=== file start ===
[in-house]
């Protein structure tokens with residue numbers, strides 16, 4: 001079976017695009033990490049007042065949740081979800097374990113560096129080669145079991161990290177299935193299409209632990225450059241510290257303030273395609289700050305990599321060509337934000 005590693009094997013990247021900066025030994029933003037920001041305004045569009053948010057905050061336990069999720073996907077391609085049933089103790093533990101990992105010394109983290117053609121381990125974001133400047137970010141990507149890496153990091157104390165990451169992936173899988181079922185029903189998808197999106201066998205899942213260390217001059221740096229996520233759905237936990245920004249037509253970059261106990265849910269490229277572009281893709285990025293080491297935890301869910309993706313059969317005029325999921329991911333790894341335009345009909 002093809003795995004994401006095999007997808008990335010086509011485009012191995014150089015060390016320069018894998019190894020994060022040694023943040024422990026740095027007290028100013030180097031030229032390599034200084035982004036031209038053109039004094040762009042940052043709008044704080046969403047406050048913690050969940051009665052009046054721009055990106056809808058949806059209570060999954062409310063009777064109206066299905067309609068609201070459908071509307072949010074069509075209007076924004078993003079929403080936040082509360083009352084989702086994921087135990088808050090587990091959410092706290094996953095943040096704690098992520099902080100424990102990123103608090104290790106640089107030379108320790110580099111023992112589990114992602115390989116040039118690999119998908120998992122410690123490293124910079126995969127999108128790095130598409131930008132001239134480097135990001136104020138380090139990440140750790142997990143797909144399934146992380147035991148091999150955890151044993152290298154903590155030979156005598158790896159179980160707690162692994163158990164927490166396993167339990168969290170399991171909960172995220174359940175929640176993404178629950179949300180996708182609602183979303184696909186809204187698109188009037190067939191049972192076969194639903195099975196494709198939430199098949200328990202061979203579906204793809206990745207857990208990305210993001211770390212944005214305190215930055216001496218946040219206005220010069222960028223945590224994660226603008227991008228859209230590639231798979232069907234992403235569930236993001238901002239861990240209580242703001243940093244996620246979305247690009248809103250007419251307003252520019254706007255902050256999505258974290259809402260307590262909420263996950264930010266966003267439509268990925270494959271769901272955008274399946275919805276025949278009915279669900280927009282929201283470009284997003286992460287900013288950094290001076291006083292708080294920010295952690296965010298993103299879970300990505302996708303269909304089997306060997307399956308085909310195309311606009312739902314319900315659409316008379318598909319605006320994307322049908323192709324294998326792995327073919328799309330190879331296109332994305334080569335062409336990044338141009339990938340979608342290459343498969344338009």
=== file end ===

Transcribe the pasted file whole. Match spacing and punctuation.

[in-house]
């Protein structure tokens with residue numbers, strides 16, 4: 001079976017695009033990490049007042065949740081979800097374990113560096129080669145079991161990290177299935193299409209632990225450059241510290257303030273395609289700050305990599321060509337934000 005590693009094997013990247021900066025030994029933003037920001041305004045569009053948010057905050061336990069999720073996907077391609085049933089103790093533990101990992105010394109983290117053609121381990125974001133400047137970010141990507149890496153990091157104390165990451169992936173899988181079922185029903189998808197999106201066998205899942213260390217001059221740096229996520233759905237936990245920004249037509253970059261106990265849910269490229277572009281893709285990025293080491297935890301869910309993706313059969317005029325999921329991911333790894341335009345009909 002093809003795995004994401006095999007997808008990335010086509011485009012191995014150089015060390016320069018894998019190894020994060022040694023943040024422990026740095027007290028100013030180097031030229032390599034200084035982004036031209038053109039004094040762009042940052043709008044704080046969403047406050048913690050969940051009665052009046054721009055990106056809808058949806059209570060999954062409310063009777064109206066299905067309609068609201070459908071509307072949010074069509075209007076924004078993003079929403080936040082509360083009352084989702086994921087135990088808050090587990091959410092706290094996953095943040096704690098992520099902080100424990102990123103608090104290790106640089107030379108320790110580099111023992112589990114992602115390989116040039118690999119998908120998992122410690123490293124910079126995969127999108128790095130598409131930008132001239134480097135990001136104020138380090139990440140750790142997990143797909144399934146992380147035991148091999150955890151044993152290298154903590155030979156005598158790896159179980160707690162692994163158990164927490166396993167339990168969290170399991171909960172995220174359940175929640176993404178629950179949300180996708182609602183979303184696909186809204187698109188009037190067939191049972192076969194639903195099975196494709198939430199098949200328990202061979203579906204793809206990745207857990208990305210993001211770390212944005214305190215930055216001496218946040219206005220010069222960028223945590224994660226603008227991008228859209230590639231798979232069907234992403235569930236993001238901002239861990240209580242703001243940093244996620246979305247690009248809103250007419251307003252520019254706007255902050256999505258974290259809402260307590262909420263996950264930010266966003267439509268990925270494959271769901272955008274399946275919805276025949278009915279669900280927009282929201283470009284997003286992460287900013288950094290001076291006083292708080294920010295952690296965010298993103299879970300990505302996708303269909304089997306060997307399956308085909310195309311606009312739902314319900315659409316008379318598909319605006320994307322049908323192709324294998326792995327073919328799309330190879331296109332994305334080569335062409336990044338141009339990938340979608342290459343498969344338009």